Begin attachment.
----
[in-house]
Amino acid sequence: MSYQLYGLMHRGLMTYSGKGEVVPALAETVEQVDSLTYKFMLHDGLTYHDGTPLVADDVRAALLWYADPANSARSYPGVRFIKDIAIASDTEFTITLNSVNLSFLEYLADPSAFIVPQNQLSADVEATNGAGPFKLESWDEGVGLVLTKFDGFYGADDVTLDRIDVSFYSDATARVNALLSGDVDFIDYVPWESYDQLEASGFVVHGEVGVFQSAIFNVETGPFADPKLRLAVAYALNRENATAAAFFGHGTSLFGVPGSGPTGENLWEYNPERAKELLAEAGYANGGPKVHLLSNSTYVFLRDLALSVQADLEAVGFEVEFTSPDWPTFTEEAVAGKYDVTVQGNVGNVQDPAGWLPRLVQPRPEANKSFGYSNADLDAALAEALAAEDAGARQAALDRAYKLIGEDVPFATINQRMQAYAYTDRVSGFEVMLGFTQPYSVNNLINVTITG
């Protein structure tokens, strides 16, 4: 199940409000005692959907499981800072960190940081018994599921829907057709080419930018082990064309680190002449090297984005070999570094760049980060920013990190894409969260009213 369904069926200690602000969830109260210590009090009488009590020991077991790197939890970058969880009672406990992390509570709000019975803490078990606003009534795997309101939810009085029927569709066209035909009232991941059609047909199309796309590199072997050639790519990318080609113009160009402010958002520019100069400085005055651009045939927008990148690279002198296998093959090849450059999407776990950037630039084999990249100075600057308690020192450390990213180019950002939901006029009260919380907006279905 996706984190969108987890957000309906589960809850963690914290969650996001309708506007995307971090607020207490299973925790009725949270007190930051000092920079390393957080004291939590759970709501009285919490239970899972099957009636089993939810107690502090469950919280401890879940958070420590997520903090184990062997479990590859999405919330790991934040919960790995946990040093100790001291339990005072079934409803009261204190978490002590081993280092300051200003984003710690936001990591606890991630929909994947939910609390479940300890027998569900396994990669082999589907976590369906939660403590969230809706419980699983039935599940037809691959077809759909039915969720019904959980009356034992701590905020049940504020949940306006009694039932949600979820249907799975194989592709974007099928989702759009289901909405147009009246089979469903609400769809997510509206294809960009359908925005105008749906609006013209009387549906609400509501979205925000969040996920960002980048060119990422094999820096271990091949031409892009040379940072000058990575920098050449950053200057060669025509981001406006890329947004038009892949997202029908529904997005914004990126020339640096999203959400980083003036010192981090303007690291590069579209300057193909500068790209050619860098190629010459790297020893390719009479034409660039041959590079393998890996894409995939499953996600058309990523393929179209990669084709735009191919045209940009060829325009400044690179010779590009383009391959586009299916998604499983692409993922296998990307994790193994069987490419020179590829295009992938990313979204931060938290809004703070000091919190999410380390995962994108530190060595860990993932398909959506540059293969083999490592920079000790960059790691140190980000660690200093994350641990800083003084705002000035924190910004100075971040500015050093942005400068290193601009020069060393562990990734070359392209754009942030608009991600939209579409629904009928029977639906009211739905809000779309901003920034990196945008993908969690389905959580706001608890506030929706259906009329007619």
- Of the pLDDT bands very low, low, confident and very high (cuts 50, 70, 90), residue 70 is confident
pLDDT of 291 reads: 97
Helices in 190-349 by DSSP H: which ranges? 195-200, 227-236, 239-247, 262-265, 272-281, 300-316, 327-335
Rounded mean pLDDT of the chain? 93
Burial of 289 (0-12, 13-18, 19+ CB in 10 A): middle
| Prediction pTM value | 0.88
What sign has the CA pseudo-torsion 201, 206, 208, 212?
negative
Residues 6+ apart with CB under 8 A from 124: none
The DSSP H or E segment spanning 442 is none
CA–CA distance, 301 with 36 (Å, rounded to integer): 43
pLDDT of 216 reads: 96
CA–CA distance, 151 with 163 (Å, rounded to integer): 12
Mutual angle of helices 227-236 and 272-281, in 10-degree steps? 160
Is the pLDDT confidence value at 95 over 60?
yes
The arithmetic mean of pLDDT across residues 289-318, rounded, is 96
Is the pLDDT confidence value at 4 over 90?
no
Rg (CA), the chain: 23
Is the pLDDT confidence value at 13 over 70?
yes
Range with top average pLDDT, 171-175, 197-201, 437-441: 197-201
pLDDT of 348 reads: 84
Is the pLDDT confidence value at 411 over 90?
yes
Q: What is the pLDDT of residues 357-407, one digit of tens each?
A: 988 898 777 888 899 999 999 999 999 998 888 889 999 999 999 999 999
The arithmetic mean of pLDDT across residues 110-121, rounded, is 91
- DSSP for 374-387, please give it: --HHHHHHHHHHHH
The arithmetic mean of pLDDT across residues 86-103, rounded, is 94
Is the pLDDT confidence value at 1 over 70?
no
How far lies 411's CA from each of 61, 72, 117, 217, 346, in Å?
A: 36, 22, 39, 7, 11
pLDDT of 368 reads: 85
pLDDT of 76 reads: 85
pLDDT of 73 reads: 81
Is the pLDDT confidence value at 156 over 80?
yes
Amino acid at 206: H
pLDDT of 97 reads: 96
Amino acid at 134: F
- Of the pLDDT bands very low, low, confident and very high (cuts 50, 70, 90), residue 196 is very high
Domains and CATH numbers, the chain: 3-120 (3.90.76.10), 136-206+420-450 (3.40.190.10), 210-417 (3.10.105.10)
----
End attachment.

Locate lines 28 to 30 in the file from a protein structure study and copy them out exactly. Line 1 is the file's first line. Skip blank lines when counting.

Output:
Is the pLDDT confidence value at 411 over 90?
yes
Q: What is the pLDDT of residues 357-407, one digit of tens each?